Turning Over the 1960 Leaf Set (or, Am I Losing My Marbles?)

If you don’t know the 1960 Leaf set, let me be your guide.

First, they are beautiful, regular size cards featuring black and white portraits with a photo quality gloss and superior card stock. Second, it has a weird checklist, with very few big names, and even the big names aren’t that big (no Mantle, Mays, Aaron, Koufax, etc.) I like offbeat checklists (see my multiple posts on the 1936 Goudey Wide Pens Type 1 set). Third, the full set has only 144 cards, though the second series is way tougher than the first. Fourth, there aren’t too many variations and only one variation is pricey.

Let’s go deeper.

Before the real set hit candy stores and five and dimes, Leaf made eight cards in pre-production, similar to the final design, but not exactly the same. These “Big Heads” are expensive, like, in the thousands per card expensive. Luis Aparicio, usually a lower level Hall of Famer in demand and price, is the Babe Ruth/Mickey Mantle in this smattering of players.

1960-Leaf-Luis-Aparicio-Big-Head-208x300

The actual cards, though referenced as Leaf, were copyrighted to Sports Novelties, Inc. in Chicago. (Leaf was a Chicago based company, so there may be a connection between the two.) To avoid the Topps gum monopoly, the cards were issued with a marble. The first series is pretty attainable, relatively cheap. Lots can get you nice cards for less than a couple of bucks each.

wrapper

The second series is the tough one. Commons (I’m hoping) can be snagged in the $5-6 range.  According to my beloved 2009 Standard Catalog, an influx of over 4,000 high numbers hit the hobby in the late 1990’s which helps. I’m starting to snoop around for bargains.

ser 2

The variations are few, but fun.

There’s this one:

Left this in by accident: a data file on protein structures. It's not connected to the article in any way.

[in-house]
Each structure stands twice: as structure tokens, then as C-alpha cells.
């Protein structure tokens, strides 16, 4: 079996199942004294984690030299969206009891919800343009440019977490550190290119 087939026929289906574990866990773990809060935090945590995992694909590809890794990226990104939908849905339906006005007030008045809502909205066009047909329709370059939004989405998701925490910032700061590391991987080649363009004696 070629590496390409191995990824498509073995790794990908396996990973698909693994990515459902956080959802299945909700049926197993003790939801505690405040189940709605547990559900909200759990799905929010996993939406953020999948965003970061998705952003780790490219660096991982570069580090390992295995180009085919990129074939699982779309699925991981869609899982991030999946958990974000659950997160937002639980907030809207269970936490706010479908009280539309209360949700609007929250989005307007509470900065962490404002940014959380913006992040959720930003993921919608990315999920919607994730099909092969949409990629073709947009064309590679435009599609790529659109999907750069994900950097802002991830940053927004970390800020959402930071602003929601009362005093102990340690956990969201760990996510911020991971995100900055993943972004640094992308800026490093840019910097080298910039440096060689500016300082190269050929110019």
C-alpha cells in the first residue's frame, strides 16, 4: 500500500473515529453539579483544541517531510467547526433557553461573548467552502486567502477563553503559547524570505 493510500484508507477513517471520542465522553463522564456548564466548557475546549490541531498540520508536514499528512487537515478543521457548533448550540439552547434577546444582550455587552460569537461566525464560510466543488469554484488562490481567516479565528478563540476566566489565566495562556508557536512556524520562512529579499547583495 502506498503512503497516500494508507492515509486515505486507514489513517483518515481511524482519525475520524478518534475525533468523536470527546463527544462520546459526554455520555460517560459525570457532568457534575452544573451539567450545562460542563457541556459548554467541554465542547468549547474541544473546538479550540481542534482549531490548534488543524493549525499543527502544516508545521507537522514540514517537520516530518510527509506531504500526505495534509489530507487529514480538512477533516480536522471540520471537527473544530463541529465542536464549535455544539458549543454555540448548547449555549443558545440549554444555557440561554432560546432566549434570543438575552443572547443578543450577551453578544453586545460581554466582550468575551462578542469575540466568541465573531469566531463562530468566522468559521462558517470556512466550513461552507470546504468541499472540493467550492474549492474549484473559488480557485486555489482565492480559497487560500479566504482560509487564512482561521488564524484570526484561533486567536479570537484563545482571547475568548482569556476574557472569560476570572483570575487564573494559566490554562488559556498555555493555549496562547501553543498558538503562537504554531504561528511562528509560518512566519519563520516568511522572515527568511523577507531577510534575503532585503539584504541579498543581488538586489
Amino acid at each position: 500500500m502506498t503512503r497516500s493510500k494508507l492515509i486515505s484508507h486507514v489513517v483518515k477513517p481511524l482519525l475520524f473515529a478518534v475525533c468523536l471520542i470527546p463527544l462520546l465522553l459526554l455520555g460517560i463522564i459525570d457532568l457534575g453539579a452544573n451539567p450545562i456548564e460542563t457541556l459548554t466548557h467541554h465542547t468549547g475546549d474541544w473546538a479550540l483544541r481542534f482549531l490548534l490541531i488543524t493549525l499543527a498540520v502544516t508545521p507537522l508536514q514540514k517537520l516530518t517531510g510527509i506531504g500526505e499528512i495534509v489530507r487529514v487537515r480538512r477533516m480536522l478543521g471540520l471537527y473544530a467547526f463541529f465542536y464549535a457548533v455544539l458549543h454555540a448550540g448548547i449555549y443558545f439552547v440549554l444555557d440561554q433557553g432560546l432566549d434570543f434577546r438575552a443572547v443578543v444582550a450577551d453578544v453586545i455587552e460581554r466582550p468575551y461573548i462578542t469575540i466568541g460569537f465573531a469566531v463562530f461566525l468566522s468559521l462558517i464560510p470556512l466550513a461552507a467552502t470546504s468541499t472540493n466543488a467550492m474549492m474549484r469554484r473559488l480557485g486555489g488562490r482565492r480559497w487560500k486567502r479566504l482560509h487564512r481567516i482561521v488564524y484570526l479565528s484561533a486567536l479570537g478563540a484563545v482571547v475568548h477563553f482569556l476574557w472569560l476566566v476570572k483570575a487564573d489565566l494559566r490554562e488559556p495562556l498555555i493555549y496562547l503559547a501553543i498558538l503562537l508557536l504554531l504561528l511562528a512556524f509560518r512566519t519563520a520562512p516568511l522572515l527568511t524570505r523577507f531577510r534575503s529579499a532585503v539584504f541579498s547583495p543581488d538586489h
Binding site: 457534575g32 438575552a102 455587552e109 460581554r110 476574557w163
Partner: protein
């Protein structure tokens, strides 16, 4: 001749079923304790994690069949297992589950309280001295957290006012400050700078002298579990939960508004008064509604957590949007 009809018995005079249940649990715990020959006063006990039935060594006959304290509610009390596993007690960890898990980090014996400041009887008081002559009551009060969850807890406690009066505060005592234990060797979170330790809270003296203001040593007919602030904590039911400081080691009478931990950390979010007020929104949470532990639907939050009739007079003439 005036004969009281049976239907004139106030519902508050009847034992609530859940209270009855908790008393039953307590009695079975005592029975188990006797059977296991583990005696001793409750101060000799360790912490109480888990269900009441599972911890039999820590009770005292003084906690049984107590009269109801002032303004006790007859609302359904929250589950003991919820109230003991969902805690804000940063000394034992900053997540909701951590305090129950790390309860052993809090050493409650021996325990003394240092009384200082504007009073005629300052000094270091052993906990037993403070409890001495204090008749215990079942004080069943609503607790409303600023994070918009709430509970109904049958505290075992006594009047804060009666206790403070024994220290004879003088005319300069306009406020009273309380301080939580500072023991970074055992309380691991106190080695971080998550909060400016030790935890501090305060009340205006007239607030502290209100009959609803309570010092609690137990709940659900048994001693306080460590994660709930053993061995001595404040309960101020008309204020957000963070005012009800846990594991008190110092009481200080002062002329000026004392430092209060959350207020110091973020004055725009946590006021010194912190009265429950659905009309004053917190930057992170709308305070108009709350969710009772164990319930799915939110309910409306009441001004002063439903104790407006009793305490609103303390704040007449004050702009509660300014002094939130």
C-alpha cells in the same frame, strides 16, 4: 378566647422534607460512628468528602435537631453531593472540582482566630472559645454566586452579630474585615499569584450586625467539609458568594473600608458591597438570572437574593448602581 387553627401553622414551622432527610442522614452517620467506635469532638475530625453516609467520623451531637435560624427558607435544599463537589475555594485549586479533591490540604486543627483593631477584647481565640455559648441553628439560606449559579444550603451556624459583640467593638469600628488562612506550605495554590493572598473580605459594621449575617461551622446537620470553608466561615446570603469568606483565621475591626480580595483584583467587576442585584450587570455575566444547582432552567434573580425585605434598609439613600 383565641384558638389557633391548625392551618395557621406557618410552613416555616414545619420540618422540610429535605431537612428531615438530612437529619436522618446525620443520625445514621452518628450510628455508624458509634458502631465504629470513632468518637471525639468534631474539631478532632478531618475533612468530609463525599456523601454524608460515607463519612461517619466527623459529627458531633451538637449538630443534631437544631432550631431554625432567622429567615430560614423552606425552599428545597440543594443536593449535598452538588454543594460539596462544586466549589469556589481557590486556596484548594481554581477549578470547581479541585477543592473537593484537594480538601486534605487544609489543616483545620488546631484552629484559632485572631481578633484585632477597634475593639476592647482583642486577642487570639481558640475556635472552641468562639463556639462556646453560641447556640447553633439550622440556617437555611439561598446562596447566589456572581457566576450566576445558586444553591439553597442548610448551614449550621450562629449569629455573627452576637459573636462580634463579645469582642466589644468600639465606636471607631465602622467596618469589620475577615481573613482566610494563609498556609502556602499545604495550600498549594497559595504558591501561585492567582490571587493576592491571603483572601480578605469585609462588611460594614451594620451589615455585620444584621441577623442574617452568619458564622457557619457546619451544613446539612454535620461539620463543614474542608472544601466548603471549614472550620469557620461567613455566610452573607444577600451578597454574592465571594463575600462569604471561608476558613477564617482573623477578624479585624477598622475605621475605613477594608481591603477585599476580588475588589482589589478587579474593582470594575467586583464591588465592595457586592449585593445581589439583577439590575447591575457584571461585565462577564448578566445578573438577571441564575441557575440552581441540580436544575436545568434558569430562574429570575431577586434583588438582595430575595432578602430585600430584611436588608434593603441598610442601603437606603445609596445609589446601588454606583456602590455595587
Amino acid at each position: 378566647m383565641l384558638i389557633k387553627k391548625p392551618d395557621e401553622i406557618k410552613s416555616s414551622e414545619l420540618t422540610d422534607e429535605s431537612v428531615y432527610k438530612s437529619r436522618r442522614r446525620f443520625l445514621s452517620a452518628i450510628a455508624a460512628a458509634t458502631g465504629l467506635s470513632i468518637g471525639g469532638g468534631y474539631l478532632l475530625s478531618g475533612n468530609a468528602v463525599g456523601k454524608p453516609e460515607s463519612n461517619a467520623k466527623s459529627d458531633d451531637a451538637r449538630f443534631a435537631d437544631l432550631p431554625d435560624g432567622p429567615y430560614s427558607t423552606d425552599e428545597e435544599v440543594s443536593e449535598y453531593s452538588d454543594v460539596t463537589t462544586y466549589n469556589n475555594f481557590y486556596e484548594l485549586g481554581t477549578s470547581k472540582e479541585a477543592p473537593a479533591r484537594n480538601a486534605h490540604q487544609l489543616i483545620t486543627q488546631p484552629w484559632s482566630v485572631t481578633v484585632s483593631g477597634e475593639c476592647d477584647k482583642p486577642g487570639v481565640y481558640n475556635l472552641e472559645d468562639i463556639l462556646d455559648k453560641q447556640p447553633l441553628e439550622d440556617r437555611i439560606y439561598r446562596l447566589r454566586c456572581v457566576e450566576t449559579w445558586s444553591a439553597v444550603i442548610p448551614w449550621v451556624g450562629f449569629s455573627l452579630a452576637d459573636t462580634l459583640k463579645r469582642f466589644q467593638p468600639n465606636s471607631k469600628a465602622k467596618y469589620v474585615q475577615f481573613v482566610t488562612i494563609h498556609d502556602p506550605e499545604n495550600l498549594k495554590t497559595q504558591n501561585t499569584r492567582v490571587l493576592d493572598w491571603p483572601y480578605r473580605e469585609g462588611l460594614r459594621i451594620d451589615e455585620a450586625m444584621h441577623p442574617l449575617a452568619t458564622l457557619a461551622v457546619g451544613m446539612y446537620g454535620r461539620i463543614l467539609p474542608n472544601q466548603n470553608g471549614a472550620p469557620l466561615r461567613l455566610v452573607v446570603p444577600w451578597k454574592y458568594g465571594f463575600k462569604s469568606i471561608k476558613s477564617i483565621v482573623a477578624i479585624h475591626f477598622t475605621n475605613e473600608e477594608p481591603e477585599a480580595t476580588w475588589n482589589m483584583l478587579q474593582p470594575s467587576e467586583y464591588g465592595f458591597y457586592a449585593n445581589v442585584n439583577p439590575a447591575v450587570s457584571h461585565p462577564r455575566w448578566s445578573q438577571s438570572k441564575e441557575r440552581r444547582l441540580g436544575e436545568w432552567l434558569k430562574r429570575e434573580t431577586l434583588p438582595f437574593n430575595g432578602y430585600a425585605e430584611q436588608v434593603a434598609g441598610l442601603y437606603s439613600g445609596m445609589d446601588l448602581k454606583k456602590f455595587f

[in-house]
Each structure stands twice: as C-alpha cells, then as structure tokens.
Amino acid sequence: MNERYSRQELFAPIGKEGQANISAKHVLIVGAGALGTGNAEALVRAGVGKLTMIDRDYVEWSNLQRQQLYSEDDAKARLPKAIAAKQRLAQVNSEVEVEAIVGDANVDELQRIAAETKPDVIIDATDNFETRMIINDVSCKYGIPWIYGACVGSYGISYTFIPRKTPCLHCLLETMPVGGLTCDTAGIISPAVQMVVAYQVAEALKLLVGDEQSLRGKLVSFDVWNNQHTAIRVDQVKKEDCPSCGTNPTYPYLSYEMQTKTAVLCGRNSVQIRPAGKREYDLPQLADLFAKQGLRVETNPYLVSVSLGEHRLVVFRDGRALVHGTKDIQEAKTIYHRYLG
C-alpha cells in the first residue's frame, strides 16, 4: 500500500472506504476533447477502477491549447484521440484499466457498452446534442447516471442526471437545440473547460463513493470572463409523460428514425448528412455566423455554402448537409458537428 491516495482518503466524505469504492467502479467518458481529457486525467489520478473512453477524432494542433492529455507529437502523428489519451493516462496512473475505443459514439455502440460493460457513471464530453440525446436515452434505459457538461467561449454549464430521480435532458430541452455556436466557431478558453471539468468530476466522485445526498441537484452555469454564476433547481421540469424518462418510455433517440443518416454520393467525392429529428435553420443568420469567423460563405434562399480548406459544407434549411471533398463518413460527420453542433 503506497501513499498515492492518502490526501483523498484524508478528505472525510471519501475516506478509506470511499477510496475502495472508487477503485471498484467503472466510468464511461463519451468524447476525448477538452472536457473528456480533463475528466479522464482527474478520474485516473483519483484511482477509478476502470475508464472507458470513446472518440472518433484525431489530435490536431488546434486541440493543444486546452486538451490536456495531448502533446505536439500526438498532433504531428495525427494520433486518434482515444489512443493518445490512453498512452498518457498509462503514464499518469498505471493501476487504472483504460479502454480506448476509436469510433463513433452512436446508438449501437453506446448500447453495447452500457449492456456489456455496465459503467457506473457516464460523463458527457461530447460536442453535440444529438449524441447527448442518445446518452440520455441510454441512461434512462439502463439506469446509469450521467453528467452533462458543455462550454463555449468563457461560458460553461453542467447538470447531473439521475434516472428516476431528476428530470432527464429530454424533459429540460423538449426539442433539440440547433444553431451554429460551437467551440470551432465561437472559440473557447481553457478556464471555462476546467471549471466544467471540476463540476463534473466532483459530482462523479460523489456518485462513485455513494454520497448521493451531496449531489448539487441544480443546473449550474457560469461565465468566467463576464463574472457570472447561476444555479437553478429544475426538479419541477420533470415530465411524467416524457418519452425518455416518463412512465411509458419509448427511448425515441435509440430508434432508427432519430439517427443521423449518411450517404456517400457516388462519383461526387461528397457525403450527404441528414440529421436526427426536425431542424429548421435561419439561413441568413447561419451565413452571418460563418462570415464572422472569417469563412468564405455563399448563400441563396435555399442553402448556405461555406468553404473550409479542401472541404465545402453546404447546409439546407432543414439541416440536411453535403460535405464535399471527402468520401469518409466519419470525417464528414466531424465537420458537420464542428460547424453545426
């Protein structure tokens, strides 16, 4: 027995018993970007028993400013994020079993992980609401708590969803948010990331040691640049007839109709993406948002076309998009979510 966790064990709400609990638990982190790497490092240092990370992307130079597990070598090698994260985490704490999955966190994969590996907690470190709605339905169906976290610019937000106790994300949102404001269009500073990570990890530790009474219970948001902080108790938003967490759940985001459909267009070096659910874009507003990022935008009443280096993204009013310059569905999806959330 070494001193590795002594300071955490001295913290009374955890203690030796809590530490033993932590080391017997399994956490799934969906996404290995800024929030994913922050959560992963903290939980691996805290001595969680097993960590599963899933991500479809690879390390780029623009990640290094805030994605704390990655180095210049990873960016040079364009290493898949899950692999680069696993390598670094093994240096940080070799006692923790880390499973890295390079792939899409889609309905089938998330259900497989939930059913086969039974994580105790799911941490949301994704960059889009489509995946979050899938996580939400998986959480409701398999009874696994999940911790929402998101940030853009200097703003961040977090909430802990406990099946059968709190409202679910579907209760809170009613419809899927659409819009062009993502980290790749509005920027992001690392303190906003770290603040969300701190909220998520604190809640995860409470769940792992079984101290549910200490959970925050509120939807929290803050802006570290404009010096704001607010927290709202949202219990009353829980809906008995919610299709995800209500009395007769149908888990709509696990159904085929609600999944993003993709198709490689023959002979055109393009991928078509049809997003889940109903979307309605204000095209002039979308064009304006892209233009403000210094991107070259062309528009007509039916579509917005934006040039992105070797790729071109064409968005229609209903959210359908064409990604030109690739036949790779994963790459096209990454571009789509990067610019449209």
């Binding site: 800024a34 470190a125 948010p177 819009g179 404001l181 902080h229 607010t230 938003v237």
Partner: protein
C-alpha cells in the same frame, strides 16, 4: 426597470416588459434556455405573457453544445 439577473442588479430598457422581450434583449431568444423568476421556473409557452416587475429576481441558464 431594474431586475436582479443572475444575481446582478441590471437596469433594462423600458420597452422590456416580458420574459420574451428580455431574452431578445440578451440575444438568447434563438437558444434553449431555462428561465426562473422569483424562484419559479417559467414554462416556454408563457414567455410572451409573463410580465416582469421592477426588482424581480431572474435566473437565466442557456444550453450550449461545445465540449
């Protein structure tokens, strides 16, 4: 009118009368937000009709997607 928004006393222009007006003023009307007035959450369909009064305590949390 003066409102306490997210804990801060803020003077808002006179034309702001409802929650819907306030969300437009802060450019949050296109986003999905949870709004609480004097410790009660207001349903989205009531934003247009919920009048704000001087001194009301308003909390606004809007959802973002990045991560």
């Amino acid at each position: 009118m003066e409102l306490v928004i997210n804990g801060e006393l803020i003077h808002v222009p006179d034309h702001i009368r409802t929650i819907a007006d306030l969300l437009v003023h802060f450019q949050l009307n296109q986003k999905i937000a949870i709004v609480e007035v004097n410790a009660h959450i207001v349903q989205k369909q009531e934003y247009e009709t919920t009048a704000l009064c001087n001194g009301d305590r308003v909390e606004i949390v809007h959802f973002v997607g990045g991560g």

Real Brooks Lawrence (not a variation)

Real Brooks

Real Jim Grant (variation)

grant

Brooks Lawrence as Jim Grant

brooks

Why is Brooks Lawrence so much happier when he’s Jim Grant?

The Hal Smith card has three different backs, for those of you who care about that. The back information on these cards is like a short story, way too much for me.

Regular

1960-leaf-58-hal-smith-psa-8-and-gorgeous_1_32296a21defb38eb4fcc09cc6681ea43

No team

no name

Blacked out team, which will run you in the hundreds of dollars

black

Not a variation at all, but credit to Leaf for addressing the 1960 Hal Smith issue.

Smiths

The second series has two errors (not variations), for a total of four players.

Obviously not Chuck Tanner (it’s Ken Kuhn)

51WPxwZblkL

Stover McIlwain (it’s actually Jim McAnany, but who would ever know)

1960-leaf-114-stover-mcilwain-40147

It’s a lovely group of cards, with the higher priced names still reasonable – Aparicio (regular sized head, of course), Brooks Robinson (another Brooks entry), Duke Snider, Sparky Anderson, Orlando Cepeda and Jim Bunning.  You can come for the Hall of Famers. I’m in it for the Stover McIlwains.

Put your focus on the first series. I don’t need any competition as I search for low budget high numbers.

Author: Jeff Katz

Jeff Katz is the former Mayor of Cooperstown, the “Birthplace of Baseball” and home to the National Baseball Hall of Fame and Museum. His latest book, Split Season:1981 - Fernandomania, the Bronx Zoo, and the Strike that Saved Baseball, (Thomas Dunne Books, 2015), received national attention, with coverage appearing in The New York Times, Chicago Tribune, Sporting News and NPR’s Only a Game, among others. Katz appeared on ESPN’s Olbermann and The Sporting Life with Jeremy Schaap and MLB Network’s MLB Now, with Brian Kenny. Split Season: 1981 was a finalist for the 2016 Casey Award for Best Baseball Book of the Year.

15 thoughts on “Turning Over the 1960 Leaf Set (or, Am I Losing My Marbles?)”

  1. You have lost your marbles, but this is a wonderful and informative post. I only knew these Fleers existed but not the details. Are the marbles just standard “cat eyes” or do they have a baseball theme? I wish had known about the “Hal Smiths” card when I did the post on players with the same name in a set.

    Liked by 1 person

  2. Didn’t realize that Stover was actually Jim McAnany. Seeing as Jim only made it onto one baseball card (TCMA 1959 White Sox, which I can find no copies of), I might have to track one of these down for inclusion in my Cubs All-Time Roster Collection. Jim is one of the relative few who have played for both the White Sox and the Cubs. Seeing as my options are super limited for him, I’ll take what I can get! Thank you for the illuminating post!

    Liked by 2 people

  3. Been picking these up on the down low for a few months. You’ve blown my cover. Lol. It’s really a fun set. Looks nice in a binder.

    Like

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